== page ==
[So sad for the Germans. Jan]
Jewish life in Germany is ‘thriving,’ commissioner says
Hate crimes against Jews are on the rise in Germany. But Berlin’s anti-Semitism commissioner says the country’s Jewish communities are flourishing.
Felix Klein, Germany’s commissioner for the fight against anti-Semitism, believes the country is witnessing a resurgence of Jewish life.
"There is still a thriving, growing Jewish life in Germany. I think society should take a much closer look at Jewish life today," the commissioner said in an interview with German Catholic news agency KNA.
Read more: Berlin: Where Jews want to live
Klein pointed to a newly-built synagogue in the southern city of Constance, and another that is soon to be opened in Lübeck, in northern Germany. The flourishing community, he said, meant Jews from abroad, but especially from Israel, wanted to make Germany their home.
"This is a great development — that Jews trust in our country is something very special after the horror of the Shoah," he said, referring to the Holocaust by its Hebrew name. "We should make this diversity even more tangible by holding Jewish cultural days, exhibitions and joint celebrations."
Klein told KNA there would be an opportunity to do this in 2021, which marks 1,700 years of Jewish life in Germany. To celebrate the occasion, the commissioner said a special stamp was planned, as well as the world’s largest celebration of the Jewish holiday Feast of Tabernacles.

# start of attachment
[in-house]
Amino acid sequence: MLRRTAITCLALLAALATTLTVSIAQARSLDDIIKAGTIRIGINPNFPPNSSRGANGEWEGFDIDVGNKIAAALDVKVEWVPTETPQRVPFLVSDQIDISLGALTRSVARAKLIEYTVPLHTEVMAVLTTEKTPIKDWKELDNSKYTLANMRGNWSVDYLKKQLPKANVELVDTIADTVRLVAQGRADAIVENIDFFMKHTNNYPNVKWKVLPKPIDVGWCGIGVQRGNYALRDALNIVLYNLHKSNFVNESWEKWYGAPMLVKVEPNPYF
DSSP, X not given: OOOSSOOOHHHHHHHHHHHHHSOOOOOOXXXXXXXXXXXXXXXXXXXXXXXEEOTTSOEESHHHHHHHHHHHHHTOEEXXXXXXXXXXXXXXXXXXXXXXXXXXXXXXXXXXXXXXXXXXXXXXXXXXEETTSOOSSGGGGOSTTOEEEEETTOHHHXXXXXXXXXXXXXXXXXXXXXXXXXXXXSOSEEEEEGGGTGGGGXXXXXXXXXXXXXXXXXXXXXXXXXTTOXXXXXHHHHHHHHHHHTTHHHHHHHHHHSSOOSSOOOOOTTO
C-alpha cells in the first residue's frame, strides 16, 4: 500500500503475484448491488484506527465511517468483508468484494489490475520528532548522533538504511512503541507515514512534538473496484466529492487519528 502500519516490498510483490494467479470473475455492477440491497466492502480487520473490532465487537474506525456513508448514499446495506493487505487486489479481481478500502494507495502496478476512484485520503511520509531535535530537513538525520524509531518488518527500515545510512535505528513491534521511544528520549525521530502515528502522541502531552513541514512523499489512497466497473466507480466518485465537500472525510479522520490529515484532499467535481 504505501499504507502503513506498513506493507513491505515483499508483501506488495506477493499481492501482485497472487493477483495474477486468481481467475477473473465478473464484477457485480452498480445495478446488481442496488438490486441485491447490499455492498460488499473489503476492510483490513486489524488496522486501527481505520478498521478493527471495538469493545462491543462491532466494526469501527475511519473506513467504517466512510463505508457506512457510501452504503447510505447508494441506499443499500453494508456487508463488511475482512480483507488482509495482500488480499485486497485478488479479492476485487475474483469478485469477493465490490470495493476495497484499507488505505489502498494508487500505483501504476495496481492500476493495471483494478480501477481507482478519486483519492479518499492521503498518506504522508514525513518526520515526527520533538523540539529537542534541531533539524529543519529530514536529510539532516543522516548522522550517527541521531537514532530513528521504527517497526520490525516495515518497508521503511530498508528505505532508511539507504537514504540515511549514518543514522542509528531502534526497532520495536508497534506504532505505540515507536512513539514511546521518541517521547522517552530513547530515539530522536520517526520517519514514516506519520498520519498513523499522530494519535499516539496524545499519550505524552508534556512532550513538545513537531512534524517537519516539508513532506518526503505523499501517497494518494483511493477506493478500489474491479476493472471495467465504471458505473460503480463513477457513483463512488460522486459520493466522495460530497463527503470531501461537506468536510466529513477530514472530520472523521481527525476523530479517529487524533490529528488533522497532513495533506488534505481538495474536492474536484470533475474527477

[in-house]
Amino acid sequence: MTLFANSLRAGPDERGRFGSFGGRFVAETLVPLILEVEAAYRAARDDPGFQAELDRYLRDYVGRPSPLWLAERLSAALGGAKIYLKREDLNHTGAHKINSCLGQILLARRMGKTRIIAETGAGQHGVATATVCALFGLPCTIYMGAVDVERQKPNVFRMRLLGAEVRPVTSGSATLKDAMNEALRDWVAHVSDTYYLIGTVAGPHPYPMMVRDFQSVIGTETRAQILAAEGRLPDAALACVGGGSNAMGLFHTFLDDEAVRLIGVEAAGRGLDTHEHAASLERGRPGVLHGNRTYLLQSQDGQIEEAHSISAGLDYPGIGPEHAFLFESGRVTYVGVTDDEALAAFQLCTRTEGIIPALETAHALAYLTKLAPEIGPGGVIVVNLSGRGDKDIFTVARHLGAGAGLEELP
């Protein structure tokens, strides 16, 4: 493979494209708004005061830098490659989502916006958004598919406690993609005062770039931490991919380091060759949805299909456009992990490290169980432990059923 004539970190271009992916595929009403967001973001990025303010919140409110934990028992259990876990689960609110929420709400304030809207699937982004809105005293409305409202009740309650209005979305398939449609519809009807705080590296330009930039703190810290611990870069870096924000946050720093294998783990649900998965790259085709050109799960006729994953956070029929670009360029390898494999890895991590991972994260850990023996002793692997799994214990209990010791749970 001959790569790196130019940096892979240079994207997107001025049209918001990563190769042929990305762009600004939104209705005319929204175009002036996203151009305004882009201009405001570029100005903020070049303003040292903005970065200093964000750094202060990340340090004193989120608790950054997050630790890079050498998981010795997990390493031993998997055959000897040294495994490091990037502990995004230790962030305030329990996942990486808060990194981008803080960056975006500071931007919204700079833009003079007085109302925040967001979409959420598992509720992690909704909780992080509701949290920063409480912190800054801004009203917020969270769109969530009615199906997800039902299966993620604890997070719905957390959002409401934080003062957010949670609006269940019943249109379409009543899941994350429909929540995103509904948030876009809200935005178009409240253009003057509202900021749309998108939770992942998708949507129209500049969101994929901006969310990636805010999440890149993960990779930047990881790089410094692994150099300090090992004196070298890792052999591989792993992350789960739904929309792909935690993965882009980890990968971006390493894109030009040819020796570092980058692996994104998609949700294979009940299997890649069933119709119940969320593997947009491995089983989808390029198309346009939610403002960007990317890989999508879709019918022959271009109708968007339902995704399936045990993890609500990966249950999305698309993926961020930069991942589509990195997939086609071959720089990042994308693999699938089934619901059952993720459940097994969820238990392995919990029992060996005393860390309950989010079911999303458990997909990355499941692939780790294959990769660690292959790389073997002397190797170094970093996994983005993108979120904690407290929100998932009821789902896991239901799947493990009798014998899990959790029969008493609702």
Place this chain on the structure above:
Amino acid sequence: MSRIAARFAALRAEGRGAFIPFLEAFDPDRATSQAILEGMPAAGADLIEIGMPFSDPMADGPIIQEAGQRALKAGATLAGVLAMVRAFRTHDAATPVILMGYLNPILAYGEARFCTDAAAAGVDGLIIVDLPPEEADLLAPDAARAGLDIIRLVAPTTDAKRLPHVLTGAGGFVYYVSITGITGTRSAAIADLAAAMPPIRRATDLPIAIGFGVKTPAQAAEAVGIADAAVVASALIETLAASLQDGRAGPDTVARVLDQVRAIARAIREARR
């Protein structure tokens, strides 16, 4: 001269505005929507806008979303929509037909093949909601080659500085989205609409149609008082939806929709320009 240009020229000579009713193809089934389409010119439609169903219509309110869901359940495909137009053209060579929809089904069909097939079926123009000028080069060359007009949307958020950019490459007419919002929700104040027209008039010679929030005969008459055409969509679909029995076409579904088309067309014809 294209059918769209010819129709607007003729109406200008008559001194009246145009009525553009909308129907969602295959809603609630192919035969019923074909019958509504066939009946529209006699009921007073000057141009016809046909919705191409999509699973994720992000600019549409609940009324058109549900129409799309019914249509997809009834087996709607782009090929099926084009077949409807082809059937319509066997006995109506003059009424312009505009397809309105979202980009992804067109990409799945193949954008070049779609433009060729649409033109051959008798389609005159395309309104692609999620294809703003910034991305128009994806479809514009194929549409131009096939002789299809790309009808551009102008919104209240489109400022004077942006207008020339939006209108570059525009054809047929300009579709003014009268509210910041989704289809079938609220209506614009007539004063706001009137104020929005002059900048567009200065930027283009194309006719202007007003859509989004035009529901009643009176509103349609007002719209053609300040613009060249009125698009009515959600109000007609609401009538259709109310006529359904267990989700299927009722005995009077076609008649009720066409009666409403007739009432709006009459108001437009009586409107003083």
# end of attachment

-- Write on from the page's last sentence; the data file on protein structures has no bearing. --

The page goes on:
Watch video 02:59
‘Since I came here, I’ve realized that I’m Jewish’
Rise in anti-Semitism
Recent surveys have found that Germans believe anti-Semitism is rising in their communities. In 2019, police recorded 1,839 hate crimes committed against Jews nationwide — the highest tally in almost two decades.
In one of those cases, a gunman killed two people outside a synagogue in the eastern city of Halle while the Jewish community was observing Yom Kippur.
Synagogues in Germany
Rykestrasse Synagogue in Berlin
The Jewish community in Berlin with more than 11,000 members is once again the biggest in Germany. Its main synagogue is on the Rykestrasse, a red-brick building in a Neo-Romanesque style dating from 1903/04. With seating for over 2,000 it is the second largest synagogue in Europe after the Dohány Street Synagogue in Budapest.
Klein said there was certainly a growing "brutalization," especially in online attacks, but added that he would continue to fight for these offenses to be "punished more quickly and more consistently," for example by ensuring that police stations, prosecutors’ offices and courts were "adequately staffed."
Watch video 04:16
Germany: Living with anti-Semitism
Ronald Lauder, president of the World Jewish Congress, says the German government must tackle rising anti-Semitism. He awarded German Chancellor Angela Merkel the Theodor Herzl Award in Munich on Monday. (28.10.2019)
The Halle synagogue attack underscores what is downplayed: the threat against Jews is here and always has been. DW’s Kyra Levine, a US-born Jew living in Berlin, says Germany must lead the fight against anti-Semitism. (10.10.2019)
Before 1933, there were some 2,800 Jewish temples in Germany. Today there are just 130 synagogues and prayer rooms — a reflection of the tumultuous past of German Jewish life, but also evidence of its current resurgence. (08.11.2018)